On December 6, 2018, WordPress 5.0 was released, bringing new Block “Love it or Hate it” Editor (previously known as Gutenberg) into the core after 2 years in active development.

In this review, I will not go into all the drama and controversy surrounding the Gutenberg development and merge into the WordPress core, because I will write more about that next week in the separate article, this article is a review of WordPress 5.0 as it is released last week, and the Block Editor. This review is made with the official 5.0 version of the plugin, with no other patches or changes added, and 5.0.1 is expected to fix many issues 5.0 has at this point. This review is from the end user perspective, it doesn’t look at the potential developers related problems and challenges new WordPress and Block Editor bring (and there are a lot of these).

5.0

WordPress 5.0 is focused on bringing the Gutenberg editor into the core, and that includes a lot of other changes that are also related to the Gutenberg, including updates to REST API, a new TwentyNinteen theme to showcase the Gutenberg, changes to the build process and tools, updates to custom post types and taxonomies.

Block Editor in WordPress 5.0
Block Editor in WordPress 5.0

The Block Editor

The star of the WordPress 5.0, in development for 2 years under the name Gutenberg, is now merged into the core, and it is now known as just Editor or Block Editor. And, since early versions of Gutenberg plugin, I liked the concept, despite being against the way it was made, relying mostly on JavaScript and React and using REST API.

Over the past two years, Block Editor has changed a lot and the version that ended in the core is looking polished and reliable. Yes, it still has many problems and performance issues, but far less than standalone versions leading up to core merge. and, I expect a fast turnaround for minor versions that will be fixing issues and improving the editor, so the bumps on the road with 5.0, will soon be fixed.

Working with Blocks

Blocks selection is working really well now, and block menu is easy to navigate and with the ability to show recent blocks, it can make the building of content faster and easier. One of the great things of blocks is the ability to create reusable blocks, export them into files, and import from file, allowing you to easily transfer pieces of content. But, reusable blocks management page should be added into WordPress admin menu in some form, because right now it can be accessed only from the Block Editor. Also, right now when you open the Blocks management, and click Add New, you will get the white screen.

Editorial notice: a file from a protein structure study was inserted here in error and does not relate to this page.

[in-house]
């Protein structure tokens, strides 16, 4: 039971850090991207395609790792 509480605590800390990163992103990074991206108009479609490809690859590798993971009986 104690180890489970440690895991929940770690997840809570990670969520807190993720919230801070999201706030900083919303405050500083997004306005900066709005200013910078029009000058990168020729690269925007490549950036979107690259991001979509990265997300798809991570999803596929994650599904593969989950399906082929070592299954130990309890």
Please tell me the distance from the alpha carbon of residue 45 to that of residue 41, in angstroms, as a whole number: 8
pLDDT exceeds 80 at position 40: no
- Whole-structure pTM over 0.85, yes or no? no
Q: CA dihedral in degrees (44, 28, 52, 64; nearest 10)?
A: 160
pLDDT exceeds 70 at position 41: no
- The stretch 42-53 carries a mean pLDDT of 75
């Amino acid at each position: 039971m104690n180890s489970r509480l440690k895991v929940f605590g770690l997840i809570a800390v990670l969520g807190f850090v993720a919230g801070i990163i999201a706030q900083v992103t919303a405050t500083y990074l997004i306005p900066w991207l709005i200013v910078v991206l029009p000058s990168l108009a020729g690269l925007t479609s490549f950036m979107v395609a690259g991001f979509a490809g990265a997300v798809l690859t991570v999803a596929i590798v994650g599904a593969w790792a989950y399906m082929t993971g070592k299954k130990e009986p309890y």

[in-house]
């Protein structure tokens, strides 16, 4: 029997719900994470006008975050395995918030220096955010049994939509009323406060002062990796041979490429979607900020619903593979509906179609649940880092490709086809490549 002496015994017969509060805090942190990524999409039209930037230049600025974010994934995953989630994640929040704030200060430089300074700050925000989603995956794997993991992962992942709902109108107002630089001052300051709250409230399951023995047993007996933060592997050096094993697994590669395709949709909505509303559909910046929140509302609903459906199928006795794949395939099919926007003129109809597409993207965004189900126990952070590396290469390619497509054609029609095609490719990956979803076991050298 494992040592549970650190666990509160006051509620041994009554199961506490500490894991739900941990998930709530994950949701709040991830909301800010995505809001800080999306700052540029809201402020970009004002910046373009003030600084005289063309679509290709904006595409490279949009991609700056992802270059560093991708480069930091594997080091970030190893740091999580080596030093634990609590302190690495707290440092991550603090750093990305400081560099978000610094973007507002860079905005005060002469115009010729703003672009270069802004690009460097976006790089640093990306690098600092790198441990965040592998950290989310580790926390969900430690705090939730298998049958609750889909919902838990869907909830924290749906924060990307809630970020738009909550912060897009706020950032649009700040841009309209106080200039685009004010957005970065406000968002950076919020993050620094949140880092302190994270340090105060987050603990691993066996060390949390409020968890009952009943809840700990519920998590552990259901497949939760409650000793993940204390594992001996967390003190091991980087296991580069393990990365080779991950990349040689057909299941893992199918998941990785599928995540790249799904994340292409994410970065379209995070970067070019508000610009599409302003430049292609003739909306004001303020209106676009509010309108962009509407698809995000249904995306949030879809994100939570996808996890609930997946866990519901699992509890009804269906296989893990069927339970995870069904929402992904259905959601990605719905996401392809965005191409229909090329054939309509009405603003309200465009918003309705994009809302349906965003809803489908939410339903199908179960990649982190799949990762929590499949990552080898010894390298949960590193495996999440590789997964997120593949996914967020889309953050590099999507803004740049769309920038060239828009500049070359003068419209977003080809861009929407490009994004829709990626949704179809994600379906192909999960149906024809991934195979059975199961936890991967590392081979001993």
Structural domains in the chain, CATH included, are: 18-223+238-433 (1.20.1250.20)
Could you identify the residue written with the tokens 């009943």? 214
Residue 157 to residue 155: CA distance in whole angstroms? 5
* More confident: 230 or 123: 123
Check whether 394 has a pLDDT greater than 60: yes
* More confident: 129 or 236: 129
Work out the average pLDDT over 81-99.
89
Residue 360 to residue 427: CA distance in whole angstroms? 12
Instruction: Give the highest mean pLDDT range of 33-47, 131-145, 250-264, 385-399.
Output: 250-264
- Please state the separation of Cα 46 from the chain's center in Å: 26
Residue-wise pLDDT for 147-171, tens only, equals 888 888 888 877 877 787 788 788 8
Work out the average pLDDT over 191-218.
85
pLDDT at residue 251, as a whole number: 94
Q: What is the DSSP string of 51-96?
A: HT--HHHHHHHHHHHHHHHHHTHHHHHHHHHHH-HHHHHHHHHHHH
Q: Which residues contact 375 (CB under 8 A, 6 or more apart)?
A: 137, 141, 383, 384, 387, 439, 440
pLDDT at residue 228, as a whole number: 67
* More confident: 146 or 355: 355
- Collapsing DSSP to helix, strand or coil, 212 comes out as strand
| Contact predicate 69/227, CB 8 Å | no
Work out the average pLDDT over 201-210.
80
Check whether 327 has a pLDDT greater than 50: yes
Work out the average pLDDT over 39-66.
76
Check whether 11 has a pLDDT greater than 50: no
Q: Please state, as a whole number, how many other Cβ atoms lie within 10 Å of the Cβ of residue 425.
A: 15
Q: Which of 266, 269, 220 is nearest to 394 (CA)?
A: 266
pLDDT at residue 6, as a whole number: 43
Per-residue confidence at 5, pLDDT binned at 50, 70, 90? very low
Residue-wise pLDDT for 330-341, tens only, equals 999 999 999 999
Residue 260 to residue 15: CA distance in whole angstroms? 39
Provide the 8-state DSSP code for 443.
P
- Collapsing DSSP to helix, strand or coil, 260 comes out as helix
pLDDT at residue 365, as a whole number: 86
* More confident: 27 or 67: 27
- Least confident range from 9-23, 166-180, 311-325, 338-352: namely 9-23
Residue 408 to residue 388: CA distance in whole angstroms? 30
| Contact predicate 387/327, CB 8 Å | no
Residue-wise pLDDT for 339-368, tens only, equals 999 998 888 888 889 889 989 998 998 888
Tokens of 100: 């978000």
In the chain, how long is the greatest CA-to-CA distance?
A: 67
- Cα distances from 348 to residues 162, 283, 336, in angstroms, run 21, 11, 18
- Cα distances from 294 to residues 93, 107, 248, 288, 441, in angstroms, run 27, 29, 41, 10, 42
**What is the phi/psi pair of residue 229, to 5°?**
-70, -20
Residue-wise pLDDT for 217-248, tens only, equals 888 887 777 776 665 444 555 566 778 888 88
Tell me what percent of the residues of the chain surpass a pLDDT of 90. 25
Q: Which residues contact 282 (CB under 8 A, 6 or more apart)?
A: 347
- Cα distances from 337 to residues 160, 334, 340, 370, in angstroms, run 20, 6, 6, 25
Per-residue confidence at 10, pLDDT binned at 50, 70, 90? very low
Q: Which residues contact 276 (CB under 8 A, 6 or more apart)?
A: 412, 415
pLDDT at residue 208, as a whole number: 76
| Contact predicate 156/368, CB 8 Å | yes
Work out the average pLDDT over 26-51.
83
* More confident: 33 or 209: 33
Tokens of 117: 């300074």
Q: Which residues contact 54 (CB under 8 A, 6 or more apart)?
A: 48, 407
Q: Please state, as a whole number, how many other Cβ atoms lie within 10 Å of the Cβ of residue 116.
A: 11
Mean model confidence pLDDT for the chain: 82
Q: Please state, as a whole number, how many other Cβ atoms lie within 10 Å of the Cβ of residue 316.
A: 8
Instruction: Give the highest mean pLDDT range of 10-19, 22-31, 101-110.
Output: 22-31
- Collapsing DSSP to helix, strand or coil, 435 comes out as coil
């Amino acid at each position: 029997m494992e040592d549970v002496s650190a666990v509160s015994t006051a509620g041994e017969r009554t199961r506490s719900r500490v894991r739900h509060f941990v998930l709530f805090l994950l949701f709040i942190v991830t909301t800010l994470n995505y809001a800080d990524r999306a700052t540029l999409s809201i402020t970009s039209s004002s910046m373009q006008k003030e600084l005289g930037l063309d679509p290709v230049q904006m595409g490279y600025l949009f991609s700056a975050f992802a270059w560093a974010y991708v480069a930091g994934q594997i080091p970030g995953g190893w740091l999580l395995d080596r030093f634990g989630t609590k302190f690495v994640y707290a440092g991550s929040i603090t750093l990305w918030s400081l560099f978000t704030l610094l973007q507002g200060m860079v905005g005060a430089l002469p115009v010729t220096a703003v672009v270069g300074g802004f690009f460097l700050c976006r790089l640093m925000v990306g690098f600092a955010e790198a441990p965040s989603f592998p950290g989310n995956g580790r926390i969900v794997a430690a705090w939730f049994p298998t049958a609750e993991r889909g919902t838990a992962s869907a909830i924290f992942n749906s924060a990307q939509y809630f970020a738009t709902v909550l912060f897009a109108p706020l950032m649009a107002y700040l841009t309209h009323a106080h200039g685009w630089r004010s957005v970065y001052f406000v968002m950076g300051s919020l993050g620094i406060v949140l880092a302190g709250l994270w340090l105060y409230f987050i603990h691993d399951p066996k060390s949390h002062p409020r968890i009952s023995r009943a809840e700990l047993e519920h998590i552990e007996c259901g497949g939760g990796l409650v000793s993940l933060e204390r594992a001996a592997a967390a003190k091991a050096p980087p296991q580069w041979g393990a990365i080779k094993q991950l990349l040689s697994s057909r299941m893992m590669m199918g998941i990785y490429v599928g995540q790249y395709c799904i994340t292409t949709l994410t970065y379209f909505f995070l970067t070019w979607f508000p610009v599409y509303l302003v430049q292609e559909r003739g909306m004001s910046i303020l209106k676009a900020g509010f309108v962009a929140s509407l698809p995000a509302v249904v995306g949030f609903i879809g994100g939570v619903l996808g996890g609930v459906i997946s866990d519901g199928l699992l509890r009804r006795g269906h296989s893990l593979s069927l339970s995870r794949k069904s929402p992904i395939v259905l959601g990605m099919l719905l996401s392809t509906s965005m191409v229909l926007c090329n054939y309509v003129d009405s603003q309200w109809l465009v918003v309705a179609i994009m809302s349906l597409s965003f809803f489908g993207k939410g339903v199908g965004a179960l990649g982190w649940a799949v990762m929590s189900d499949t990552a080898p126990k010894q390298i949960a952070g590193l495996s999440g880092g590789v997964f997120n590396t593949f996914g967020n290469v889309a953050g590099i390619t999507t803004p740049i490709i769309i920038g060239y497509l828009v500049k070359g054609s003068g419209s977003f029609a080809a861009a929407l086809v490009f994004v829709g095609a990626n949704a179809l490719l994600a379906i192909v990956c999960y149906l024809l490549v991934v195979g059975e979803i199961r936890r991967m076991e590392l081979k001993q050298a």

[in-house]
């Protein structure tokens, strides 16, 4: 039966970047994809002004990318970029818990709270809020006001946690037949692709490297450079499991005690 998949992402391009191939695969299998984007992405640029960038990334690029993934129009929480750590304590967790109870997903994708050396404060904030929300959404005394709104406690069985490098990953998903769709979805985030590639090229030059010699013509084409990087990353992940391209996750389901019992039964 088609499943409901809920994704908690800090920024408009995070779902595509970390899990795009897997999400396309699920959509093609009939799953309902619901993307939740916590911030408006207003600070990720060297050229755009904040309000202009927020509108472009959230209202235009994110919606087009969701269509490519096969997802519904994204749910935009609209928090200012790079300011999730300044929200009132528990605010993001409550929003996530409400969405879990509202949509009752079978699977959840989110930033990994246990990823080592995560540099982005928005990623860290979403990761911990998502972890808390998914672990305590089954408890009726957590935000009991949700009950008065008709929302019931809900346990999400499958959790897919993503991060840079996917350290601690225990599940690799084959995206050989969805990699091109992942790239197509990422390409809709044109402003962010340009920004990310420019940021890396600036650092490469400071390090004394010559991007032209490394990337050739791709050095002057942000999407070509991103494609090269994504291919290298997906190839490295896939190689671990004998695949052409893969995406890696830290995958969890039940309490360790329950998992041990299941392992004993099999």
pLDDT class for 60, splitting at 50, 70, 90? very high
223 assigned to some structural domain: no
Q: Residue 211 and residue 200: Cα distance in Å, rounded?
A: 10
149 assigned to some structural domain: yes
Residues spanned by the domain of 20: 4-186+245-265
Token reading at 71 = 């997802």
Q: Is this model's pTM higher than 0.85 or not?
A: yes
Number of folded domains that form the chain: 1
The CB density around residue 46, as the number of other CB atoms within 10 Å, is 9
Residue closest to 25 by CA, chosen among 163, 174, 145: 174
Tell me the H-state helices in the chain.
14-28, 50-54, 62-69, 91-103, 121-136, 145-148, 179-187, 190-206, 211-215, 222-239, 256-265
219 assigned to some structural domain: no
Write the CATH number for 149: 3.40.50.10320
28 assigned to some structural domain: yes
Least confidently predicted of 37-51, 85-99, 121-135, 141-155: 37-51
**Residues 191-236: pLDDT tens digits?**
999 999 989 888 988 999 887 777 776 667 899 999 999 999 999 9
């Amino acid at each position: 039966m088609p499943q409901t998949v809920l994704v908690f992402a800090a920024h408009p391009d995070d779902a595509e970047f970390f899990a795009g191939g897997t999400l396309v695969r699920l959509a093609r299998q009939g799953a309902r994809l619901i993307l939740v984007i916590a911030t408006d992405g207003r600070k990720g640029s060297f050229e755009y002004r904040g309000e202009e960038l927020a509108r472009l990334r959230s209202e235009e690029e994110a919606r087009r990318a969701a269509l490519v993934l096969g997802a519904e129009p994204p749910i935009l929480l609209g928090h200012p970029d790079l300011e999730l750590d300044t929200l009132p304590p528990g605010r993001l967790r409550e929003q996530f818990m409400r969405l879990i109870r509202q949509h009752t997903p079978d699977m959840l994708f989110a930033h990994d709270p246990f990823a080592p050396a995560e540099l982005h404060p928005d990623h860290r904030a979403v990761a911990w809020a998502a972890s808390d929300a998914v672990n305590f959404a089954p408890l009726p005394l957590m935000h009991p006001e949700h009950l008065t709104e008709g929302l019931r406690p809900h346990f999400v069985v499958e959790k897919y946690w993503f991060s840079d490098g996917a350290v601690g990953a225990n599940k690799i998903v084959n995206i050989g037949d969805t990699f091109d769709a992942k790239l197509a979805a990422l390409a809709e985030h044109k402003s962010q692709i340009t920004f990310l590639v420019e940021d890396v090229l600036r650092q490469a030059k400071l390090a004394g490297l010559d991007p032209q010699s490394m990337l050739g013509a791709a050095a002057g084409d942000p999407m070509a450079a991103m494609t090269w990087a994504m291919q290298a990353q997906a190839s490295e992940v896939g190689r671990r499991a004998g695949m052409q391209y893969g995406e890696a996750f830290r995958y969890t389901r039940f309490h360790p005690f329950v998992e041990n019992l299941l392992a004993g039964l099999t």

Writing with Block Editor

Overall, Block Editor is very stable to use, and writing with Block Editor is now much smoother and easier. Great thing is that a lot of things you can’t do with the Classic editor are working very well now with Block Editor, including better work with images, ability to bring many widgets directly in content, and support for third-party blocks that will make a lot of things possible and easier to do. A lot of things I had problems with during development are now working as expected, and I am not even bothered that much with the need to click a lot to go through menus and selecting things, because complex blocks will always require to click to set things up, they can’t use magic to work, it will require user input.

But, in my opinion, a lot of things are just not intuitive, and I constantly find myself thinking how to do basic things, including adding the new blocks, configuring them with some options available in the toolbar and some in the sidebar area. Yes, click enter in text block creates a new one, but, you either need to remember codes to type for each block, or you need to click button to add and that button still can be hard to notice and use.

Some blocks are painfully problematic. Columns block is very buggy, it changes columns width from minimal to full while you type, causing things to jump around and be very distractive. The inline image block is very confusing, and I have no idea what was the intention for this block, but in my opinion, as it is now, this block makes no sense, as you can see on the image below where the text is aligned to the bottom of the image.